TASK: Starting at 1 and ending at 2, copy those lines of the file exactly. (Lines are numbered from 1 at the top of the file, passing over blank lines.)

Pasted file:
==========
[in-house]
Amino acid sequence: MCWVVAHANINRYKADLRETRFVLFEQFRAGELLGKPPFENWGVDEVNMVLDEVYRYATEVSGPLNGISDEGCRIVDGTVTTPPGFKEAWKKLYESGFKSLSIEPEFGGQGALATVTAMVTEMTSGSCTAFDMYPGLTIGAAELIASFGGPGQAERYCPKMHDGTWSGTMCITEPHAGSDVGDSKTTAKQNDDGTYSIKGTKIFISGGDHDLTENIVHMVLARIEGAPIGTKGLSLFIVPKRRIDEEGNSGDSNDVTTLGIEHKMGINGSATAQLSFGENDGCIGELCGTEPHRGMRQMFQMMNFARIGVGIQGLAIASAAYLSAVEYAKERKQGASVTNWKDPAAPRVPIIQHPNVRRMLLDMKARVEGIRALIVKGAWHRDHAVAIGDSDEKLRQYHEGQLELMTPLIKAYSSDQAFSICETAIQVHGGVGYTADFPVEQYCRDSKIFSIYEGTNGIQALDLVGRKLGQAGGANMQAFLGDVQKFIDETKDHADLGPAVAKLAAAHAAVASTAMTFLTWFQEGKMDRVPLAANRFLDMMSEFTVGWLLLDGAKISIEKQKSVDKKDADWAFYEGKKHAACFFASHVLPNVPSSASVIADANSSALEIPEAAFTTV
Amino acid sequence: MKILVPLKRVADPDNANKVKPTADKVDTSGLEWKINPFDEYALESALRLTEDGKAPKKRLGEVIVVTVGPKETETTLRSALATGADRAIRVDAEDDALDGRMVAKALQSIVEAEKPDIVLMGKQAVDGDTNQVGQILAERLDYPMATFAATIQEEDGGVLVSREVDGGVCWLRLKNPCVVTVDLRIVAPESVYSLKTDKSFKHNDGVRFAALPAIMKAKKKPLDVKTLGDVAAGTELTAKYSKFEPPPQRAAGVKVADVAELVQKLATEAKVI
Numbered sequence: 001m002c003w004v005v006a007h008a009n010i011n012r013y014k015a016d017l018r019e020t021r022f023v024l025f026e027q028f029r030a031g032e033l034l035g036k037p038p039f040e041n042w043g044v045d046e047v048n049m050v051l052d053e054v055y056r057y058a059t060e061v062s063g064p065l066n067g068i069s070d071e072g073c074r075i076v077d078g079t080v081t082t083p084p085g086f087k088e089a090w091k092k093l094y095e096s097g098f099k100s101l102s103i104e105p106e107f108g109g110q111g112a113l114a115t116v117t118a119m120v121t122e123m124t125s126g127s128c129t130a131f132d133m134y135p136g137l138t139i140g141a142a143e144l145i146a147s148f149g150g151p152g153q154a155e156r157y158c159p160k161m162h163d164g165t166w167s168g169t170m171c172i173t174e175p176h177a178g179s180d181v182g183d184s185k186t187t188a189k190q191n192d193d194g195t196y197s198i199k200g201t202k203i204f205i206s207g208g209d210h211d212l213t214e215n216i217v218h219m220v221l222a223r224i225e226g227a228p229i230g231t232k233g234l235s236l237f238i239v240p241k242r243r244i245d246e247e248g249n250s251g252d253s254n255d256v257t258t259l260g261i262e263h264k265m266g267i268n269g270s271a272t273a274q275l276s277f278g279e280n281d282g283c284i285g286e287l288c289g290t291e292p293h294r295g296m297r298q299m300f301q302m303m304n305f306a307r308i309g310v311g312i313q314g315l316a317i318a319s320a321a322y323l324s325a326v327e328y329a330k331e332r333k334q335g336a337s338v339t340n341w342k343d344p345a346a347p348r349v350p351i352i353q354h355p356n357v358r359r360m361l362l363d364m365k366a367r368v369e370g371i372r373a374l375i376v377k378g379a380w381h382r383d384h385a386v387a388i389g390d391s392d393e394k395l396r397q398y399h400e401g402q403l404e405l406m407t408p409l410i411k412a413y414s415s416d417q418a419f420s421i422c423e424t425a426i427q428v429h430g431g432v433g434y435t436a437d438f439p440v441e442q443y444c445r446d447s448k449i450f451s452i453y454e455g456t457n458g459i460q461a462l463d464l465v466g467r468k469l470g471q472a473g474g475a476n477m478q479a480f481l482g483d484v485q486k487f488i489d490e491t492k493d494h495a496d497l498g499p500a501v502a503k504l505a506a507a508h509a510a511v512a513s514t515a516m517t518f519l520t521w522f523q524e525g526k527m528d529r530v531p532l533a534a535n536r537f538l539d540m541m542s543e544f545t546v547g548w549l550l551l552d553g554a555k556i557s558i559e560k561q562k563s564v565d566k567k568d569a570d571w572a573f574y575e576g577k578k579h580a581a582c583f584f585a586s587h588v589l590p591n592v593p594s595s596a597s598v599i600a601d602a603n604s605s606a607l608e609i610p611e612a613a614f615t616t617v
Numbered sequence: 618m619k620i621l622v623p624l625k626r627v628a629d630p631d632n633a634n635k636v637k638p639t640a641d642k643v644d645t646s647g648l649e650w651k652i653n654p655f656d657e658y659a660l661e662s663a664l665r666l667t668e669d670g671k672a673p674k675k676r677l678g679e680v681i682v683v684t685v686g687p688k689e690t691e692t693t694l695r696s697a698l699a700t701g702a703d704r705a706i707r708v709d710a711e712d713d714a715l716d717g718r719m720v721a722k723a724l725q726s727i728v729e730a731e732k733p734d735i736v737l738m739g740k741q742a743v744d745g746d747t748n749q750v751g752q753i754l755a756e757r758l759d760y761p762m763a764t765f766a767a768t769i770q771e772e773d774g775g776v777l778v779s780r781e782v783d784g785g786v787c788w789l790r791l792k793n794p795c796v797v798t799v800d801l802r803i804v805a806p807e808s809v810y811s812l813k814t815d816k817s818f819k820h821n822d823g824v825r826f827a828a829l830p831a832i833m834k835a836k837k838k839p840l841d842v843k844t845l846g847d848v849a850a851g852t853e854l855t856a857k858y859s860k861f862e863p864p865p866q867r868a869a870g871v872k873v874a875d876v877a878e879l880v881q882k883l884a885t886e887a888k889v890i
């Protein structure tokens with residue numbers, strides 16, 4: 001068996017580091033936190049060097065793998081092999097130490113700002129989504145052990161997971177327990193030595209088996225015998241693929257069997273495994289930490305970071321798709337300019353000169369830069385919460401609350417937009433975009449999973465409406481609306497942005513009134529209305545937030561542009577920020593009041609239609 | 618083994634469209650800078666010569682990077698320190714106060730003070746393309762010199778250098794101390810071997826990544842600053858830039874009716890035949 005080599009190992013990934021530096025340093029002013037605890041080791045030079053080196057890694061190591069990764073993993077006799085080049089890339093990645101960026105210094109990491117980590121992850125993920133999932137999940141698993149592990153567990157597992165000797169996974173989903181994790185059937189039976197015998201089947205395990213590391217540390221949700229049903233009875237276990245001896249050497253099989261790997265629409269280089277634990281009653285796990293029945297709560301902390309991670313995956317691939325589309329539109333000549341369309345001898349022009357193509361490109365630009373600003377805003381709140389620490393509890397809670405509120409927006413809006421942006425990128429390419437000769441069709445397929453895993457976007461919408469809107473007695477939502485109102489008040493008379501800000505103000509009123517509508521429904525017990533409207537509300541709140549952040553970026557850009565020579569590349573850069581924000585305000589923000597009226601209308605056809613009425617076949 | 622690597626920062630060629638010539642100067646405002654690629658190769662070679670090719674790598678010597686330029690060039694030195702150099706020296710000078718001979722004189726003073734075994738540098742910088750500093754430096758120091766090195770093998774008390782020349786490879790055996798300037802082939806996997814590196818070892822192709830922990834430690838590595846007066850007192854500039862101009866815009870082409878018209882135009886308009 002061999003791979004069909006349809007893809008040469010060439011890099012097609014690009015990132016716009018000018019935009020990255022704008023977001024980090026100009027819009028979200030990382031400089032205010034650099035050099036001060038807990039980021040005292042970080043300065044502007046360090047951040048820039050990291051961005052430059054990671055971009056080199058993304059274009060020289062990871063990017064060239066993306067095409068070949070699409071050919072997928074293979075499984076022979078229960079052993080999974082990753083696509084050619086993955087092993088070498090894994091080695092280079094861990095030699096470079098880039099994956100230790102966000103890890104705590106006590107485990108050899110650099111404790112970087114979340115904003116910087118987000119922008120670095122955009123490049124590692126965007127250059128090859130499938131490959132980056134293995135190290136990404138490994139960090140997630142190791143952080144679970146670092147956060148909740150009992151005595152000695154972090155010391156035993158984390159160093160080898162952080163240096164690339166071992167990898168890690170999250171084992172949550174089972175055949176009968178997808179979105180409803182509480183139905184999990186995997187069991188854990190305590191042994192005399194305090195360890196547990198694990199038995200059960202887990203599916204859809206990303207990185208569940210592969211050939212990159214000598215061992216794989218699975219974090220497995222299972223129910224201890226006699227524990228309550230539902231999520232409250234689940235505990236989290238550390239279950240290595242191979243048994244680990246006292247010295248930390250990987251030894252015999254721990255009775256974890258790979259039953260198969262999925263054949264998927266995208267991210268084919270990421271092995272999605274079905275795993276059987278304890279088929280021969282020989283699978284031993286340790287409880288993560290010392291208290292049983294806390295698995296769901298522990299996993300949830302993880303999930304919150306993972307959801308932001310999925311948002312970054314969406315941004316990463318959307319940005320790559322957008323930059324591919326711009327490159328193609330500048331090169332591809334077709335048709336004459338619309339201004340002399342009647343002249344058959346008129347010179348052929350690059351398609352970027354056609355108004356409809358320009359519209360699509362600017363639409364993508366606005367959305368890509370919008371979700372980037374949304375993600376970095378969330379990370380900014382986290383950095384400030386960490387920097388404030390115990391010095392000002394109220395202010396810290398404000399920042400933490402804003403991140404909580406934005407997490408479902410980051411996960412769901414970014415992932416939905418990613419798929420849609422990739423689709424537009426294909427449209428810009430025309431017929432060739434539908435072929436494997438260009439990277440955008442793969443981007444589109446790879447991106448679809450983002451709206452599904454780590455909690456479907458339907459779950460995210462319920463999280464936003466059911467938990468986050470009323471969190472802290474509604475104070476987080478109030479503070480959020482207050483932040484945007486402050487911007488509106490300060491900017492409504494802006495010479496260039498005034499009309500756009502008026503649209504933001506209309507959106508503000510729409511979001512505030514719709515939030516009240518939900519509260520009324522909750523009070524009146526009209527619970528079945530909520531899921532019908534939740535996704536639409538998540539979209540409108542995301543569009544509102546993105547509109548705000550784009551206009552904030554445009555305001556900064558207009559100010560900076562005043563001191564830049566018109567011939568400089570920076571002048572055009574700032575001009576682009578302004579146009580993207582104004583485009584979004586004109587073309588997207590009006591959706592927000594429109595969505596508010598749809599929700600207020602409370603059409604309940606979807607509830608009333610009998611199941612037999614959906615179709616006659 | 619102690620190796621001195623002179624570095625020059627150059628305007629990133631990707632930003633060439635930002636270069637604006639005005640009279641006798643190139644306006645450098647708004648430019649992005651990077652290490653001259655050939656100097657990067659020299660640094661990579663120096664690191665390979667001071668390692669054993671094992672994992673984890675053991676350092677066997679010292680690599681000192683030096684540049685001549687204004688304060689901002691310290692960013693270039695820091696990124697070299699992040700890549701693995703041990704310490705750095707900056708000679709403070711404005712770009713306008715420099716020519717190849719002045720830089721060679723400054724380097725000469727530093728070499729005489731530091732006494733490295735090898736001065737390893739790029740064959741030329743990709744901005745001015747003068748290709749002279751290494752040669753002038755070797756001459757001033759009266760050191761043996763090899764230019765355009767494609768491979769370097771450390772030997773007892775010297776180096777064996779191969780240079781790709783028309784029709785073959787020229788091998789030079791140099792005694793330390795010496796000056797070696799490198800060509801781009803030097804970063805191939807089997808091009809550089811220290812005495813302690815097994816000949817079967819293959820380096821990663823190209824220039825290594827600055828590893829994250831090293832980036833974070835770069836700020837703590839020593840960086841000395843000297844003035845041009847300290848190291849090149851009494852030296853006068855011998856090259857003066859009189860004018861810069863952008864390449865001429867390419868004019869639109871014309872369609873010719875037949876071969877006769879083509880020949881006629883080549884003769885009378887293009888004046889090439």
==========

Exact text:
[in-house]
Amino acid sequence: MCWVVAHANINRYKADLRETRFVLFEQFRAGELLGKPPFENWGVDEVNMVLDEVYRYATEVSGPLNGISDEGCRIVDGTVTTPPGFKEAWKKLYESGFKSLSIEPEFGGQGALATVTAMVTEMTSGSCTAFDMYPGLTIGAAELIASFGGPGQAERYCPKMHDGTWSGTMCITEPHAGSDVGDSKTTAKQNDDGTYSIKGTKIFISGGDHDLTENIVHMVLARIEGAPIGTKGLSLFIVPKRRIDEEGNSGDSNDVTTLGIEHKMGINGSATAQLSFGENDGCIGELCGTEPHRGMRQMFQMMNFARIGVGIQGLAIASAAYLSAVEYAKERKQGASVTNWKDPAAPRVPIIQHPNVRRMLLDMKARVEGIRALIVKGAWHRDHAVAIGDSDEKLRQYHEGQLELMTPLIKAYSSDQAFSICETAIQVHGGVGYTADFPVEQYCRDSKIFSIYEGTNGIQALDLVGRKLGQAGGANMQAFLGDVQKFIDETKDHADLGPAVAKLAAAHAAVASTAMTFLTWFQEGKMDRVPLAANRFLDMMSEFTVGWLLLDGAKISIEKQKSVDKKDADWAFYEGKKHAACFFASHVLPNVPSSASVIADANSSALEIPEAAFTTV